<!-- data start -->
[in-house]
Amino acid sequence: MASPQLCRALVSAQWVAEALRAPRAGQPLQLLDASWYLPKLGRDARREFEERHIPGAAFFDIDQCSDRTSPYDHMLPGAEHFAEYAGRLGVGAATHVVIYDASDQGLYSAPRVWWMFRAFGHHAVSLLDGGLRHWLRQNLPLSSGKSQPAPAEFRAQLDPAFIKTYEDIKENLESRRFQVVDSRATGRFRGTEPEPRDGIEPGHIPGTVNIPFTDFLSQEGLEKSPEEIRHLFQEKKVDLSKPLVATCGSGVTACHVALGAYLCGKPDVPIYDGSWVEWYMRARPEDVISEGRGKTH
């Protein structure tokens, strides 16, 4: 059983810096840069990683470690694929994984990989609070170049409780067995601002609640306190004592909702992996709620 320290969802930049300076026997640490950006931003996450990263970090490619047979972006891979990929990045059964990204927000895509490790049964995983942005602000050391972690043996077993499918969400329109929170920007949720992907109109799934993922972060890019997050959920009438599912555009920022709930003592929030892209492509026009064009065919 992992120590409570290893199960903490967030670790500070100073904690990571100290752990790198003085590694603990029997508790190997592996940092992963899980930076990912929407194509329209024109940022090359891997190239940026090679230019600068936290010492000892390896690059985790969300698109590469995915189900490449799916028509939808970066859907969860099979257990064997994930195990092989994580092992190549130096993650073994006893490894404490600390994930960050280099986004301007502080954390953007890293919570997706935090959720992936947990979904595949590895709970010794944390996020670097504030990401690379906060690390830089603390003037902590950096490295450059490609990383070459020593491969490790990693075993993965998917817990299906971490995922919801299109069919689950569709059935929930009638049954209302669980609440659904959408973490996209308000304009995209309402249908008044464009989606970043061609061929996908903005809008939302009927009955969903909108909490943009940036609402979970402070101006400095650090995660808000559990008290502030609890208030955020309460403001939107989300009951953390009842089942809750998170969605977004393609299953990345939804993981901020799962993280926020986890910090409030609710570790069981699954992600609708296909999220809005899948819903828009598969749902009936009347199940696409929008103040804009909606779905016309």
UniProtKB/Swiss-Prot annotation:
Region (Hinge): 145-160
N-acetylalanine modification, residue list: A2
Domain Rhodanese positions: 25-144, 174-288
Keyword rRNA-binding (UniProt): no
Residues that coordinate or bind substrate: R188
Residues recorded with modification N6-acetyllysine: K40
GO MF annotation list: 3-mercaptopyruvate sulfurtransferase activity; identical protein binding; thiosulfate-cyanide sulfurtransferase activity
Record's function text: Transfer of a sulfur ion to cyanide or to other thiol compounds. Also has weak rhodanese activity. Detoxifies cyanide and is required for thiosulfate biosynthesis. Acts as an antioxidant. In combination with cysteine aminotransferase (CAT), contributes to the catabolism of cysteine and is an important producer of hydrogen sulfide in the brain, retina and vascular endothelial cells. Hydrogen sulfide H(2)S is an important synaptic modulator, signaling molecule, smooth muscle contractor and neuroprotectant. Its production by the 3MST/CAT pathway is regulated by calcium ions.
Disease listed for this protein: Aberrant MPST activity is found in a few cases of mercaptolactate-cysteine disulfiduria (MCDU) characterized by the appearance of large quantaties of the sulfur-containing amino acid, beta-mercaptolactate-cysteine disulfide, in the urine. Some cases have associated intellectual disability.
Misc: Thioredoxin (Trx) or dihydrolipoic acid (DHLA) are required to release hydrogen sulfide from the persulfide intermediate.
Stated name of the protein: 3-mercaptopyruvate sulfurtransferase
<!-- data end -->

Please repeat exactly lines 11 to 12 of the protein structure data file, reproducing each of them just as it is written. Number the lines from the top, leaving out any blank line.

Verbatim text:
GO MF annotation list: 3-mercaptopyruvate sulfurtransferase activity; identical protein binding; thiosulfate-cyanide sulfurtransferase activity
Record's function text: Transfer of a sulfur ion to cyanide or to other thiol compounds. Also has weak rhodanese activity. Detoxifies cyanide and is required for thiosulfate biosynthesis. Acts as an antioxidant. In combination with cysteine aminotransferase (CAT), contributes to the catabolism of cysteine and is an important producer of hydrogen sulfide in the brain, retina and vascular endothelial cells. Hydrogen sulfide H(2)S is an important synaptic modulator, signaling molecule, smooth muscle contractor and neuroprotectant. Its production by the 3MST/CAT pathway is regulated by calcium ions.